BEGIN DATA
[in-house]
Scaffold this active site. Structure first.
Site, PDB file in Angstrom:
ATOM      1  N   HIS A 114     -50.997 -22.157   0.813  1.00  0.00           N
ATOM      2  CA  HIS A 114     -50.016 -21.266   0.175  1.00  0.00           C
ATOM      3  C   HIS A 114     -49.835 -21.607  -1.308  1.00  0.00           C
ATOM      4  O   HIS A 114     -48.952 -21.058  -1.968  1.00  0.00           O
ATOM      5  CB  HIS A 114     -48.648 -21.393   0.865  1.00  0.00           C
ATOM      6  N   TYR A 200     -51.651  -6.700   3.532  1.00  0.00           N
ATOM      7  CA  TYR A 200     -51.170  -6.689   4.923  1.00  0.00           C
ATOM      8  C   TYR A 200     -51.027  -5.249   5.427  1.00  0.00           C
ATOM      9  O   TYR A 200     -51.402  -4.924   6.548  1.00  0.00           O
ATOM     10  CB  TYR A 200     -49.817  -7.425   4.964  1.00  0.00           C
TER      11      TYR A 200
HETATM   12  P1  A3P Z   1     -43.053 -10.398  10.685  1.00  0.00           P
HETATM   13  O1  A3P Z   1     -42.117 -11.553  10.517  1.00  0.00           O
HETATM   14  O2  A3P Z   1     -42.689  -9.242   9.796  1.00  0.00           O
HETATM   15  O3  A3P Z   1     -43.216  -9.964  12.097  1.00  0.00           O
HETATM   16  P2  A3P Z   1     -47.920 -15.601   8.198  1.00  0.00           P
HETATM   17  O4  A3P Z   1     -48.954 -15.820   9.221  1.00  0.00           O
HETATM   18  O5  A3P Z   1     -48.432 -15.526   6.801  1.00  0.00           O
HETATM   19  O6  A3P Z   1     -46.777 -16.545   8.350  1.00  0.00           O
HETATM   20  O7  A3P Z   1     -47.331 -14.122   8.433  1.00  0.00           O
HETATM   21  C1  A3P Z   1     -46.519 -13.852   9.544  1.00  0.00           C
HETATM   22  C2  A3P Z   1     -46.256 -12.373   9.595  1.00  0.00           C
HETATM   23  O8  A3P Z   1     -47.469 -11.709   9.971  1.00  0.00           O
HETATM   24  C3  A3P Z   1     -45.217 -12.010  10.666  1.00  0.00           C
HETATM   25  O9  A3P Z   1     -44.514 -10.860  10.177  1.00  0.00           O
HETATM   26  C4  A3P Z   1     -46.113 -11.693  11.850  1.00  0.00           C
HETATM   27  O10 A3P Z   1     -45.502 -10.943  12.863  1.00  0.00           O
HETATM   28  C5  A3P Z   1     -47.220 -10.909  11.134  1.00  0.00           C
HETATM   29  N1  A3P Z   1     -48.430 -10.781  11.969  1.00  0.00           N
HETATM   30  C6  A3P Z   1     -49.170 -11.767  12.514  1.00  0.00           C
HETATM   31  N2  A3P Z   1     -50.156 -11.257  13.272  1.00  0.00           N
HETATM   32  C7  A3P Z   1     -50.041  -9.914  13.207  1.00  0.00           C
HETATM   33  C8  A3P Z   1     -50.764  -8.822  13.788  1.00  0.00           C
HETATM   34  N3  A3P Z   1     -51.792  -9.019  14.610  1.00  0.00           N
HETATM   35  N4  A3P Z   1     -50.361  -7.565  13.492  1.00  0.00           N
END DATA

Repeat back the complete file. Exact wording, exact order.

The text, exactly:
[in-house]
Scaffold this active site. Structure first.
Site, PDB file in Angstrom:
ATOM      1  N   HIS A 114     -50.997 -22.157   0.813  1.00  0.00           N
ATOM      2  CA  HIS A 114     -50.016 -21.266   0.175  1.00  0.00           C
ATOM      3  C   HIS A 114     -49.835 -21.607  -1.308  1.00  0.00           C
ATOM      4  O   HIS A 114     -48.952 -21.058  -1.968  1.00  0.00           O
ATOM      5  CB  HIS A 114     -48.648 -21.393   0.865  1.00  0.00           C
ATOM      6  N   TYR A 200     -51.651  -6.700   3.532  1.00  0.00           N
ATOM      7  CA  TYR A 200     -51.170  -6.689   4.923  1.00  0.00           C
ATOM      8  C   TYR A 200     -51.027  -5.249   5.427  1.00  0.00           C
ATOM      9  O   TYR A 200     -51.402  -4.924   6.548  1.00  0.00           O
ATOM     10  CB  TYR A 200     -49.817  -7.425   4.964  1.00  0.00           C
TER      11      TYR A 200
HETATM   12  P1  A3P Z   1     -43.053 -10.398  10.685  1.00  0.00           P
HETATM   13  O1  A3P Z   1     -42.117 -11.553  10.517  1.00  0.00           O
HETATM   14  O2  A3P Z   1     -42.689  -9.242   9.796  1.00  0.00           O
HETATM   15  O3  A3P Z   1     -43.216  -9.964  12.097  1.00  0.00           O
HETATM   16  P2  A3P Z   1     -47.920 -15.601   8.198  1.00  0.00           P
HETATM   17  O4  A3P Z   1     -48.954 -15.820   9.221  1.00  0.00           O
HETATM   18  O5  A3P Z   1     -48.432 -15.526   6.801  1.00  0.00           O
HETATM   19  O6  A3P Z   1     -46.777 -16.545   8.350  1.00  0.00           O
HETATM   20  O7  A3P Z   1     -47.331 -14.122   8.433  1.00  0.00           O
HETATM   21  C1  A3P Z   1     -46.519 -13.852   9.544  1.00  0.00           C
HETATM   22  C2  A3P Z   1     -46.256 -12.373   9.595  1.00  0.00           C
HETATM   23  O8  A3P Z   1     -47.469 -11.709   9.971  1.00  0.00           O
HETATM   24  C3  A3P Z   1     -45.217 -12.010  10.666  1.00  0.00           C
HETATM   25  O9  A3P Z   1     -44.514 -10.860  10.177  1.00  0.00           O
HETATM   26  C4  A3P Z   1     -46.113 -11.693  11.850  1.00  0.00           C
HETATM   27  O10 A3P Z   1     -45.502 -10.943  12.863  1.00  0.00           O
HETATM   28  C5  A3P Z   1     -47.220 -10.909  11.134  1.00  0.00           C
HETATM   29  N1  A3P Z   1     -48.430 -10.781  11.969  1.00  0.00           N
HETATM   30  C6  A3P Z   1     -49.170 -11.767  12.514  1.00  0.00           C
HETATM   31  N2  A3P Z   1     -50.156 -11.257  13.272  1.00  0.00           N
HETATM   32  C7  A3P Z   1     -50.041  -9.914  13.207  1.00  0.00           C
HETATM   33  C8  A3P Z   1     -50.764  -8.822  13.788  1.00  0.00           C
HETATM   34  N3  A3P Z   1     -51.792  -9.019  14.610  1.00  0.00           N
HETATM   35  N4  A3P Z   1     -50.361  -7.565  13.492  1.00  0.00           N